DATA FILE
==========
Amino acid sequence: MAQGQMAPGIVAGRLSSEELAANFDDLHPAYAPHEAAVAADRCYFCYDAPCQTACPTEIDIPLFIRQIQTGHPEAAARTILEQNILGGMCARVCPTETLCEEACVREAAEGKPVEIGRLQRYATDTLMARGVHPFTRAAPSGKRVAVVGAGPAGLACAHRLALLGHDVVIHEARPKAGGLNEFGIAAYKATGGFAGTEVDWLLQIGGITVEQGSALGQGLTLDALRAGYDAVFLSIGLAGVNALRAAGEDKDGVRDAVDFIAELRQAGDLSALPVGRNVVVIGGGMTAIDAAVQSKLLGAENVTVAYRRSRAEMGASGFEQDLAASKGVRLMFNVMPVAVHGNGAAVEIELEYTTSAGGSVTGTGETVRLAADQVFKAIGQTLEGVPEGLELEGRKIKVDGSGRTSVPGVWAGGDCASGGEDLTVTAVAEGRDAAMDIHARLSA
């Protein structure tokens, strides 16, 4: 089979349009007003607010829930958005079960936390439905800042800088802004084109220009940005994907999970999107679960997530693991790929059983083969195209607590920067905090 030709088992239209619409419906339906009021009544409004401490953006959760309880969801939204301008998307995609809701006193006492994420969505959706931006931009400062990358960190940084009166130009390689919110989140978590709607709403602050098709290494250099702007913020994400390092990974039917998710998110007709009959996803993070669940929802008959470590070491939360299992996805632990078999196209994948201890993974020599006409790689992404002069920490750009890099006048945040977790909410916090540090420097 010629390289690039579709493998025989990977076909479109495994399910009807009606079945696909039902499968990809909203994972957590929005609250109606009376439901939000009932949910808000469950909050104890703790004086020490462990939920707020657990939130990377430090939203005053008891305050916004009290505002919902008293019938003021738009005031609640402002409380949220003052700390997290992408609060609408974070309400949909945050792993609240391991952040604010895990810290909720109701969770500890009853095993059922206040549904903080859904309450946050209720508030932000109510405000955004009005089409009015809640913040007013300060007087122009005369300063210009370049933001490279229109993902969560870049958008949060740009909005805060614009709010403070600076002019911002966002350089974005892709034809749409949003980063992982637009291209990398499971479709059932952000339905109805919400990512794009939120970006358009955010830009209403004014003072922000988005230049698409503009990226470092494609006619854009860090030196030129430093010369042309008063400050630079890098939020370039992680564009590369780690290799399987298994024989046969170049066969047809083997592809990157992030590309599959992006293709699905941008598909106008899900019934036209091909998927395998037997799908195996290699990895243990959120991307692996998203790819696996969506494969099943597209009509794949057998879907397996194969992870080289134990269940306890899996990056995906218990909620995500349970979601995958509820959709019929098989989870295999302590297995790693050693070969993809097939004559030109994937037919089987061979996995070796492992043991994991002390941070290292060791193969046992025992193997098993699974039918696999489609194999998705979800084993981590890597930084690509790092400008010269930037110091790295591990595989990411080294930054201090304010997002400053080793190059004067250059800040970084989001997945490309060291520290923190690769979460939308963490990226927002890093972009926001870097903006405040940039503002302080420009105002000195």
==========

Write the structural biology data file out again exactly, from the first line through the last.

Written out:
Amino acid sequence: MAQGQMAPGIVAGRLSSEELAANFDDLHPAYAPHEAAVAADRCYFCYDAPCQTACPTEIDIPLFIRQIQTGHPEAAARTILEQNILGGMCARVCPTETLCEEACVREAAEGKPVEIGRLQRYATDTLMARGVHPFTRAAPSGKRVAVVGAGPAGLACAHRLALLGHDVVIHEARPKAGGLNEFGIAAYKATGGFAGTEVDWLLQIGGITVEQGSALGQGLTLDALRAGYDAVFLSIGLAGVNALRAAGEDKDGVRDAVDFIAELRQAGDLSALPVGRNVVVIGGGMTAIDAAVQSKLLGAENVTVAYRRSRAEMGASGFEQDLAASKGVRLMFNVMPVAVHGNGAAVEIELEYTTSAGGSVTGTGETVRLAADQVFKAIGQTLEGVPEGLELEGRKIKVDGSGRTSVPGVWAGGDCASGGEDLTVTAVAEGRDAAMDIHARLSA
């Protein structure tokens, strides 16, 4: 089979349009007003607010829930958005079960936390439905800042800088802004084109220009940005994907999970999107679960997530693991790929059983083969195209607590920067905090 030709088992239209619409419906339906009021009544409004401490953006959760309880969801939204301008998307995609809701006193006492994420969505959706931006931009400062990358960190940084009166130009390689919110989140978590709607709403602050098709290494250099702007913020994400390092990974039917998710998110007709009959996803993070669940929802008959470590070491939360299992996805632990078999196209994948201890993974020599006409790689992404002069920490750009890099006048945040977790909410916090540090420097 010629390289690039579709493998025989990977076909479109495994399910009807009606079945696909039902499968990809909203994972957590929005609250109606009376439901939000009932949910808000469950909050104890703790004086020490462990939920707020657990939130990377430090939203005053008891305050916004009290505002919902008293019938003021738009005031609640402002409380949220003052700390997290992408609060609408974070309400949909945050792993609240391991952040604010895990810290909720109701969770500890009853095993059922206040549904903080859904309450946050209720508030932000109510405000955004009005089409009015809640913040007013300060007087122009005369300063210009370049933001490279229109993902969560870049958008949060740009909005805060614009709010403070600076002019911002966002350089974005892709034809749409949003980063992982637009291209990398499971479709059932952000339905109805919400990512794009939120970006358009955010830009209403004014003072922000988005230049698409503009990226470092494609006619854009860090030196030129430093010369042309008063400050630079890098939020370039992680564009590369780690290799399987298994024989046969170049066969047809083997592809990157992030590309599959992006293709699905941008598909106008899900019934036209091909998927395998037997799908195996290699990895243990959120991307692996998203790819696996969506494969099943597209009509794949057998879907397996194969992870080289134990269940306890899996990056995906218990909620995500349970979601995958509820959709019929098989989870295999302590297995790693050693070969993809097939004559030109994937037919089987061979996995070796492992043991994991002390941070290292060791193969046992025992193997098993699974039918696999489609194999998705979800084993981590890597930084690509790092400008010269930037110091790295591990595989990411080294930054201090304010997002400053080793190059004067250059800040970084989001997945490309060291520290923190690769979460939308963490990226927002890093972009926001870097903006405040940039503002302080420009105002000195």